Gustrow (written end 1917)
From FO383 at The National Archives, Kew;
This camp is situated in pine woods, about 5 kilometres from the town of Gustrow, in Mecklenburg-Schwerin. Prisoners began to arrive here in September 1914, the only accommodation then being in large tents, in which the Russians, French, British, Belgians and Algerians were all herded together. By February 1915 wooden huts had been erected into which the prisoners were transferred. Accommodation was finally provided for 26,000 men, but the camp has never been more than partially full, and the numbers have steadily decreased as more and more of the men were drafted out to working camps. During the first winter there were 600 British out of a total of 21,000; by April 1915 these figures had fallen to 300 and 6,000 respectively; while in October 1916 there were only 86 British out of a total of 1,632.
The conditions were at first were very bad, overcrowding, dirt and vermin, bad and insufficient food (which has been complained of throughout) and no proper sanitary arrangements. No clothing was provided, though many of the prisoners had had their overcoats taken away from them or stolen and what they were wearing was mostly in a bad state, so that there was much suffering from cold, exposure and frostbite. There was much bullying and brutal treatment of the prisoners by the German N.C.O’s, especially in the first six months. One form of punishment was tying prisoners to a stake with a brick under their heals, which was then kicked away, and a statement signed by seven prisoners who were transferred to Switzerland, testifies that a private of the Coldstream Guards died while tied to a stake. Other instances of cruelty are given in the same statement, which was taken by Captain Knight-Bruce, who believes the witness to be reliable.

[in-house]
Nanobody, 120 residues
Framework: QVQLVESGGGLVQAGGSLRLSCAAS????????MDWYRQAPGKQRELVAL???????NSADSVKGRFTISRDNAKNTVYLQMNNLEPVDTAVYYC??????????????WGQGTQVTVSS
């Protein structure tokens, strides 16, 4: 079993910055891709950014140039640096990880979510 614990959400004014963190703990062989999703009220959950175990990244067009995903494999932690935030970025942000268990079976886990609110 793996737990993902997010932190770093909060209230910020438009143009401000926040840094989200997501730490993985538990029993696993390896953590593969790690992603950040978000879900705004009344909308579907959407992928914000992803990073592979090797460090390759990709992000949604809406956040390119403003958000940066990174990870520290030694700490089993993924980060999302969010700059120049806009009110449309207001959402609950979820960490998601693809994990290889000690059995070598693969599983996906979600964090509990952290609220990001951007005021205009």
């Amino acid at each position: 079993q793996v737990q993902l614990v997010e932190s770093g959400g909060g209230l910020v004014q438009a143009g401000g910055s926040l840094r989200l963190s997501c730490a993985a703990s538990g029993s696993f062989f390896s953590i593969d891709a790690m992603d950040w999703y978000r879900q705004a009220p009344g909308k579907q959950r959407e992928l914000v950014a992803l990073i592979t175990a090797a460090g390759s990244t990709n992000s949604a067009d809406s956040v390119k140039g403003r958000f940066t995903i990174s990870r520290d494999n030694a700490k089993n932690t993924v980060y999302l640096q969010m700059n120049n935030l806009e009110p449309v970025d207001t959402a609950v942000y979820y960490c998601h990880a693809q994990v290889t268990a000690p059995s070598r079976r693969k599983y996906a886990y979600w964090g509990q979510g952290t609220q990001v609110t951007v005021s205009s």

Dogs were kept and set upon prisoners who broke the rules, several men were wounded by bayonets and there was much striking and knocking about and general ill treatment by the German unteroffiziers.
In the winter of 1914 – 15, owing to exposure and insufficient food and clothing, there was much illness, and hospital arrangements being almost non-existent, many deaths occurred. One witness gives the number as 100 in ten weeks, and 300 subsequently – another says 600 of various nationalities
The hospital arrangements were improved after February 1915. Two RAMC officers arrived in that month, and a Russian doctor and Russian orderlies and mentioned as being there between August 1915 and May 1916, and two French doctors in January 1916. The German doctors and orderlies are complained of as giving little or no attention to the patients.
On the whole, conditions were much improved after the arrival of Colonel von Matheson as Commandant and captain Kuts his adjutant, in the spring of 1915, except for food, which was if anything worse as time went on. Very little clothing was served out, except to working parties, and it was of very poor material.
The English and Russian prisoners were at first treated more harshly than the others, but latterly no distinction was made. In December 1914 the Commandant separated all the Irishmen from the English – two who refused to go were tied to a post and beaten.
Letters and parcels were delivered regularly after February –March 1915 except in punishment cases, when they were stopped. No games were allowed at first but afterwards football was played.
Thanks to Doug Johnson / Quelle: Forum 1914-1918.invisionzone.com (2010)